INTERNATIONAL

 

Jan 13 - 19 , 2003

 

1.INTERNATIONAL

2. INDUSTRY

3. FINANCE

4. POLICY

5. TRADE

6. GULF

 

BUSH UNVEILS TAX-CUTTING PACKAGE

President George W. Bush has unveiled details of an economic stimulus package aimed at invigorating the sluggish US economy.
The package expected to be approved by Congress is worth $674bn (420bn) over 10 years.
It abolishes tax on stock dividends and brings forward planned cuts in income tax.

 

 

 

The administration said the package could lift stock prices by 10% and would create 2.1 million jobs in three years.

But the Democrats have already dismissed the measures as financially irresponsible and "an illusion" designed to favour the rich.

President Bush announced his plans in a speech to the Economic Club of Chicago.

"We cannot be satisfied until every part of our economy is healthy and vigorous," he said.

He noted the vital role played by consumer spending in the US economy and said "there are warning signs I won't ignore".

"By speeding up the income tax cuts, we will speed up the economic recovery and the pace of job creation.

"If tax relief is good enough for Americans three years from now, it is good enough for Americans today."

News of the economic plan pushed the dollar higher against other major world currencies. US shares moved modestly lower following a substantial rise on Monday.

The US Treasury said the package was aimed at encouraging consumer spending, promoting investment and helping the unemployed.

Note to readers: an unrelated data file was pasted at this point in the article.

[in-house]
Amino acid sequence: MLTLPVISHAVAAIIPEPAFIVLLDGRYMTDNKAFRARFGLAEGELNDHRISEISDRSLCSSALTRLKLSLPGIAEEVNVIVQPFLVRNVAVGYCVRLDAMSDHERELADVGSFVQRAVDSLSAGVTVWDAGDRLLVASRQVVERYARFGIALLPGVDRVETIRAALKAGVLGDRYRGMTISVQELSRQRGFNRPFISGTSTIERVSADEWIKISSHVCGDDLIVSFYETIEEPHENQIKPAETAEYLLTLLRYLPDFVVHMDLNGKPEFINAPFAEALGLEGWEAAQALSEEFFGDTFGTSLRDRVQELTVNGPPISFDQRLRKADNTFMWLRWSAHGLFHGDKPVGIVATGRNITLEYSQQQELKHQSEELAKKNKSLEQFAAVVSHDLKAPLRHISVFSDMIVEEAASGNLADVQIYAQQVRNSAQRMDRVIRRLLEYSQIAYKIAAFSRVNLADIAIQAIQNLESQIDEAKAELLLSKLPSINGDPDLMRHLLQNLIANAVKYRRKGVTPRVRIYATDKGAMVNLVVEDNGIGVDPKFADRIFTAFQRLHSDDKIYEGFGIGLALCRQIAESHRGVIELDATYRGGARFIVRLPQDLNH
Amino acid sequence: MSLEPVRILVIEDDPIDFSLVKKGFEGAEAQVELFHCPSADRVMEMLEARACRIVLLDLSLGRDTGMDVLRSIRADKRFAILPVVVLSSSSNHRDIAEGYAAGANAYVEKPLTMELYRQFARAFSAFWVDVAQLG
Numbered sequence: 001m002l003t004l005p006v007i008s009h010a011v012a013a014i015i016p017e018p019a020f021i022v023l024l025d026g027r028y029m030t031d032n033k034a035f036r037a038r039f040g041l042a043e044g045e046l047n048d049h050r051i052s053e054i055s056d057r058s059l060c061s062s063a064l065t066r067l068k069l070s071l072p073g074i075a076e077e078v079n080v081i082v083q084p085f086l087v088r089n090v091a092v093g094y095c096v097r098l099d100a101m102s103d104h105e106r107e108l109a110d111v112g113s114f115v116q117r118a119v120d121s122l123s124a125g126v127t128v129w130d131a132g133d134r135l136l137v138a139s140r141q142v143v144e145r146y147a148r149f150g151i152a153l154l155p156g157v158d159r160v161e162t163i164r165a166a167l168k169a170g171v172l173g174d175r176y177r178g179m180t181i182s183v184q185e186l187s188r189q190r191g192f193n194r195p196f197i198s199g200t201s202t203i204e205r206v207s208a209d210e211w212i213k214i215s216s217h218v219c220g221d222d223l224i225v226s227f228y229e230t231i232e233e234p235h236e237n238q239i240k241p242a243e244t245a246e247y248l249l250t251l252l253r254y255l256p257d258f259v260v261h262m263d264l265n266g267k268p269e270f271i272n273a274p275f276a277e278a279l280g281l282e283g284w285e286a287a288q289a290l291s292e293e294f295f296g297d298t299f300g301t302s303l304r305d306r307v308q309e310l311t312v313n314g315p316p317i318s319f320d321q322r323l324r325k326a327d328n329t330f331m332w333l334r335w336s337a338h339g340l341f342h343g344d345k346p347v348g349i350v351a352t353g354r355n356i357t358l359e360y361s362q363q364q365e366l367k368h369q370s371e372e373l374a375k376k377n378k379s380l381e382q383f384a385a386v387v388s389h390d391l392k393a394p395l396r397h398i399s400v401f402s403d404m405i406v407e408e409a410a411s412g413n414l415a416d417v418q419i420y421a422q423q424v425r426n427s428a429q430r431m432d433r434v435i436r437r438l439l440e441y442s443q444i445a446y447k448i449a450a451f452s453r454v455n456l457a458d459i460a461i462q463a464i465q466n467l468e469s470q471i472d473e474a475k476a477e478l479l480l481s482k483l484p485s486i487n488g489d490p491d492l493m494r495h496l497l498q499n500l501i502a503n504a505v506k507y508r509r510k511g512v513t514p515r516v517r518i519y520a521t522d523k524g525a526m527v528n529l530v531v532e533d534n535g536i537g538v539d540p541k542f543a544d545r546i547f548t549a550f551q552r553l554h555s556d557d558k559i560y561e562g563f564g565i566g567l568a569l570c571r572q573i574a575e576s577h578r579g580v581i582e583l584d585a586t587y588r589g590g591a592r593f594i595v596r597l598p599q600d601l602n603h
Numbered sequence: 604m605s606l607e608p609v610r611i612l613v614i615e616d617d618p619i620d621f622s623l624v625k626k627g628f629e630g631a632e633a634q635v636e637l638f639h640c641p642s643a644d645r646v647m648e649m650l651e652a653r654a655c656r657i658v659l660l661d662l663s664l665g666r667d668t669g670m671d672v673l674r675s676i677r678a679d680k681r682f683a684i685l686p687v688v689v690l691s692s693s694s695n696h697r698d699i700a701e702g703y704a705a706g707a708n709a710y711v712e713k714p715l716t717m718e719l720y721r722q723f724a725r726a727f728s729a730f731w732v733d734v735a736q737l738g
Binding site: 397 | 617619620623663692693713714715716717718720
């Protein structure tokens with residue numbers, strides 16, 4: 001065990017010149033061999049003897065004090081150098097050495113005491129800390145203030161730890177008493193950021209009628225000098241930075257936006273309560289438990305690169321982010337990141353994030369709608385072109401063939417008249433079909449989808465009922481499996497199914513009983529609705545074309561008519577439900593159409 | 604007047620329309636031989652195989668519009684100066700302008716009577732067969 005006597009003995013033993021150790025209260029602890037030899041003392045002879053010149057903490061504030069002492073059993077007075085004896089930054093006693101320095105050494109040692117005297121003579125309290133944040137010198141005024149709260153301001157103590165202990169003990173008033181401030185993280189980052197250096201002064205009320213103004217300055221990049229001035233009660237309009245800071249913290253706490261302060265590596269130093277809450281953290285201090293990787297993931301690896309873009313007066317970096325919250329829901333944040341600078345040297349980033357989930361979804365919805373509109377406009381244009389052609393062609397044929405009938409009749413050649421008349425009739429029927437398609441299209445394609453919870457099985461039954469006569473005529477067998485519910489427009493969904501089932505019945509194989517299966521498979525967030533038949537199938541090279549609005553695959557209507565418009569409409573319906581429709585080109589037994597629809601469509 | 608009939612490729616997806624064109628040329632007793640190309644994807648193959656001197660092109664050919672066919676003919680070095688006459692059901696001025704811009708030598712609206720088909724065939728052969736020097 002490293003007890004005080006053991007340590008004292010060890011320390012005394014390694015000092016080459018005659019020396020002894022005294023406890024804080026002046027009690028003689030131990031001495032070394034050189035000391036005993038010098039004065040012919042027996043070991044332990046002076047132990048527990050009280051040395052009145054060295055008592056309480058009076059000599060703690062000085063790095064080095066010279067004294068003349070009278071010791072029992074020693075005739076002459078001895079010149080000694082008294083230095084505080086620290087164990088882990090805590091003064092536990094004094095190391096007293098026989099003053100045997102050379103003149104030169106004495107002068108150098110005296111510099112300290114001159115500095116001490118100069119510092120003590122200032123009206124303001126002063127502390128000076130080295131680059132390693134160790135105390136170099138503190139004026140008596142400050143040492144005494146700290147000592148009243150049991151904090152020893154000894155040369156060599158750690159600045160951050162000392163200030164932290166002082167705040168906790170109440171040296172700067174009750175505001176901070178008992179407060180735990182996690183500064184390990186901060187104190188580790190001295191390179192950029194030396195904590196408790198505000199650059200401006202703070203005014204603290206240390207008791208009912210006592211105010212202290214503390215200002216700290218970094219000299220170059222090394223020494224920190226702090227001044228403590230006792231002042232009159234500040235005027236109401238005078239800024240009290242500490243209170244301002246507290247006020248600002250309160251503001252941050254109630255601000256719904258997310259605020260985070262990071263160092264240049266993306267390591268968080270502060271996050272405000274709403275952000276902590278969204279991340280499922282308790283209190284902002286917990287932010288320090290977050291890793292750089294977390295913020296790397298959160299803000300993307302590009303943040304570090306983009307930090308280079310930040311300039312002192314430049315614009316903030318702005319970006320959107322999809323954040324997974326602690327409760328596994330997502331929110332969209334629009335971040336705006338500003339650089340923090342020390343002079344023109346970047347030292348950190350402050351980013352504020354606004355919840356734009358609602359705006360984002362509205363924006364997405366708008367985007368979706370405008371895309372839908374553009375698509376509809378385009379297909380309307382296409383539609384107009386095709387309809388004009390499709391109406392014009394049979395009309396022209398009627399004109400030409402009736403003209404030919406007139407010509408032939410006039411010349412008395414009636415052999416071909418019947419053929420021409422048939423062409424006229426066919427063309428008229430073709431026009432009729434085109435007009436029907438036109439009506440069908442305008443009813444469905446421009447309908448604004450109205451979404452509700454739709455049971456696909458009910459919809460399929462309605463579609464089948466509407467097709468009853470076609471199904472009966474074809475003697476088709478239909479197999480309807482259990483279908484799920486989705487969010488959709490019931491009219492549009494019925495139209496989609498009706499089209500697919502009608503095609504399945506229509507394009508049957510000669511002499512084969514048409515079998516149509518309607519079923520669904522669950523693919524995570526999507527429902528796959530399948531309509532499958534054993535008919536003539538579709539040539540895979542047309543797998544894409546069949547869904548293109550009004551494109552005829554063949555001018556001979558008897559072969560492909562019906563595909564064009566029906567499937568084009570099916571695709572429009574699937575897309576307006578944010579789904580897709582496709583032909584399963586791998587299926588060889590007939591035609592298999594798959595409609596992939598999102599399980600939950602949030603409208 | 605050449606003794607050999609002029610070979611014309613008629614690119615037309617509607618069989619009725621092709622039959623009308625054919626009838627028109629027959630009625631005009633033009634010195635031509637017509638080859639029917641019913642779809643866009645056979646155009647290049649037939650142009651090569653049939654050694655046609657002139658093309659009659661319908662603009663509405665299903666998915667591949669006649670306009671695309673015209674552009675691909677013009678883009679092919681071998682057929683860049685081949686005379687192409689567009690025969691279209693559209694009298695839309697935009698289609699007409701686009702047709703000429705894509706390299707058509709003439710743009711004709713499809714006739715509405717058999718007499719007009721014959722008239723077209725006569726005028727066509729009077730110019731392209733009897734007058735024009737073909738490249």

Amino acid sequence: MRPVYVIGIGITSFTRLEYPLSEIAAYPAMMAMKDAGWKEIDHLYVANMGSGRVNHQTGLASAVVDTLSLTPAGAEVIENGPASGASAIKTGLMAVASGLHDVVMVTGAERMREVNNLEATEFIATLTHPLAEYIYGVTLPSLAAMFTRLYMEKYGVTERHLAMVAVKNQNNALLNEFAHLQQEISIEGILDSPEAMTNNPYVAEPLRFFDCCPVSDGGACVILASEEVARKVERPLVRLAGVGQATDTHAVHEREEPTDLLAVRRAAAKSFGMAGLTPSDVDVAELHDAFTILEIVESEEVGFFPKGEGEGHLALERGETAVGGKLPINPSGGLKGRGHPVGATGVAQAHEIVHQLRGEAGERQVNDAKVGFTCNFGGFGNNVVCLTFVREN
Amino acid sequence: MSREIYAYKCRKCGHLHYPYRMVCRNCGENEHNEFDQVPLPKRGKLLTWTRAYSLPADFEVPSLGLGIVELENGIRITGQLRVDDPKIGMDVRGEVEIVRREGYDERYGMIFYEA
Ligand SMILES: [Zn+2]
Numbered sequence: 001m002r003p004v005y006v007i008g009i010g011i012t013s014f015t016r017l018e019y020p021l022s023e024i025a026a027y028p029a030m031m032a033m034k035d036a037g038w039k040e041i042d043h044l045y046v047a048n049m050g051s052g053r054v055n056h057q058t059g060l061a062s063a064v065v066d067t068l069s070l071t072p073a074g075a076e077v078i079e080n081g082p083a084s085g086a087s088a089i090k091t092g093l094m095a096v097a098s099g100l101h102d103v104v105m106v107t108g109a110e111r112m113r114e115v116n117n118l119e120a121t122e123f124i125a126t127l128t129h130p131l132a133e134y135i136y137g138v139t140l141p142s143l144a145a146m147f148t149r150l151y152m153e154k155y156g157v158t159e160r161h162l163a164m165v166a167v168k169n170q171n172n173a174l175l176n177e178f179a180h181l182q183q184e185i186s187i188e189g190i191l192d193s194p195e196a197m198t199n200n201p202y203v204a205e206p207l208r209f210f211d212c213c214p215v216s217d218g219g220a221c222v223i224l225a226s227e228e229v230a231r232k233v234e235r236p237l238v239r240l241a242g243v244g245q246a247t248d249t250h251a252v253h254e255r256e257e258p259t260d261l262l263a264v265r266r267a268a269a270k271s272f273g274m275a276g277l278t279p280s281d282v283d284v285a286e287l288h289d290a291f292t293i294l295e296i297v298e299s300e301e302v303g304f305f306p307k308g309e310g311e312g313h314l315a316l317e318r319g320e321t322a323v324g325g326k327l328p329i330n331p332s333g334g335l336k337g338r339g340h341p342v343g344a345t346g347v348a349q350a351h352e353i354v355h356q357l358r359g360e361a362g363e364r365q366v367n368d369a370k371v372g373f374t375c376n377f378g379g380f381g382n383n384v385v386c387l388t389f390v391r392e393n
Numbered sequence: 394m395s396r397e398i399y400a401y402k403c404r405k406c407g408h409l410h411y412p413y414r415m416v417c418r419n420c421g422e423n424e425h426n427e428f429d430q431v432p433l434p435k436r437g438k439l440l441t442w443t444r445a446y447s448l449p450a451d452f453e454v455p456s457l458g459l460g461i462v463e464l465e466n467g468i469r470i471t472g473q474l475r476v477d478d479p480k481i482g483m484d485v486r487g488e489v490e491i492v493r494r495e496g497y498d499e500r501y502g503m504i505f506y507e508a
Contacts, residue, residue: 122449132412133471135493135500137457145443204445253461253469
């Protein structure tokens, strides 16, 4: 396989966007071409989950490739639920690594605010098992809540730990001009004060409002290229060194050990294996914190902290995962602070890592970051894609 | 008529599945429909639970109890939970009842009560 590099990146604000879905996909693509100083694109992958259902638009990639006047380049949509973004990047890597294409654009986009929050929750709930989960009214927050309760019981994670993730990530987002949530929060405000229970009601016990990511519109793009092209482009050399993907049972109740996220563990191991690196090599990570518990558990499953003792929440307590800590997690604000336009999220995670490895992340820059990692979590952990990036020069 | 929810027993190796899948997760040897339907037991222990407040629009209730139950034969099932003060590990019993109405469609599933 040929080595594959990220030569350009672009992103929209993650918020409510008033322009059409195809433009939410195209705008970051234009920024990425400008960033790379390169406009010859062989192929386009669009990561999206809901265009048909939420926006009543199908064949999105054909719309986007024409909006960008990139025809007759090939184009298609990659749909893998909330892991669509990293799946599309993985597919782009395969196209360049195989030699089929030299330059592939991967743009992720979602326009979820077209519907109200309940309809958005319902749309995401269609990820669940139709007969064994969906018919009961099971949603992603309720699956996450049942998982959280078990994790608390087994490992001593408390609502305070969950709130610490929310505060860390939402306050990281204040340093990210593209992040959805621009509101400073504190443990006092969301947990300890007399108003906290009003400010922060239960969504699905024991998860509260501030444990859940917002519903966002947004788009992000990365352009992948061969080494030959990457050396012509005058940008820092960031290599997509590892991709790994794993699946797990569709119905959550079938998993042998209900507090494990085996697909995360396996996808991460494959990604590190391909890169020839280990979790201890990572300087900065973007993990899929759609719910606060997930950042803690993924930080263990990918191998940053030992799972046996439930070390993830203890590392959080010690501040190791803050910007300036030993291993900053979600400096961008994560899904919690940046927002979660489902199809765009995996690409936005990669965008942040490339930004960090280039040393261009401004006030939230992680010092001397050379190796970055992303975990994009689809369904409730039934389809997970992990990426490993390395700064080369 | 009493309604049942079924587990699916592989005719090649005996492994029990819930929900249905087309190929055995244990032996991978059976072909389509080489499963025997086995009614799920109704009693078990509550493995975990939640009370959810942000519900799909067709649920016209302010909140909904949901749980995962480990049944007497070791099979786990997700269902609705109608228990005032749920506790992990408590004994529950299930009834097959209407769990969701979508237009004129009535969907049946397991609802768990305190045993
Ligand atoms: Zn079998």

GERMANY MUST SLASH DEFICIT, EU RULES

Germany has not cut spending as its economy slowed. Germany must take action on its looming budget deficit by May 21 or face punishment, the European Commission has warned.

The dressing-down from Brussels is being seen as a humiliation for the government of Europe's largest economy but is not expected to lead to any immediate financial penalty.

It comes at a difficult time for Germany, which is suffering very low economic growth, high unemployment and the threat of strikes by public sector workers.

In the second step of a formal "excessive deficit procedure", the Commission called on EU finance ministers to join it in piling pressure on Germany when they meet on January 21.

The procedure was launched in November, after forecasts indicated that Germany's deficit for 2002 would expand to 3.8% of annual economic output - way in excess of the 3% ceiling all eurozone members have signed up to.

The Commission insists member states to keep expenditure within limits, in order to bolster investor confidence in the euro.

And Germany was not the only country to incur the displeasure of the Commission, with France and Italy both being warned over their deficits.

In its latest judgement on Germany, the Commission argued Berlin was to blame for overspending, which did not result from any unforeseen external factor.

But EU monetary affairs commissioner Pedro Solbes indicated any fining of Germany for breaching the so-called Stability and Growth Pact was still some way off.

"The regulation of the treaty does not imply any type of immediate fine," he said.

"There is a second recommendation and it is a long process."

US CHIEF WARNS BRUSSELS OVER GM BAN

Support is growing in the US to escalate a dispute with Brussels over genetically modified food, further straining transatlantic relations over trade policy.

US Trade Representative Robert Zoellick said he supported calls for action against the European Union over its moratorium on genetically modified food products.

"I personally am now of the view that we need to bring a case," Mr Zoellick said, urging that the EU be brought before the World Trade Organisation.

And he said that his position was winning support in Washington.

"My sense was that there is pretty broad agreement on this but I don't want to presume everybody else's position."

EUROZONE RATES LEFT UNCHANGED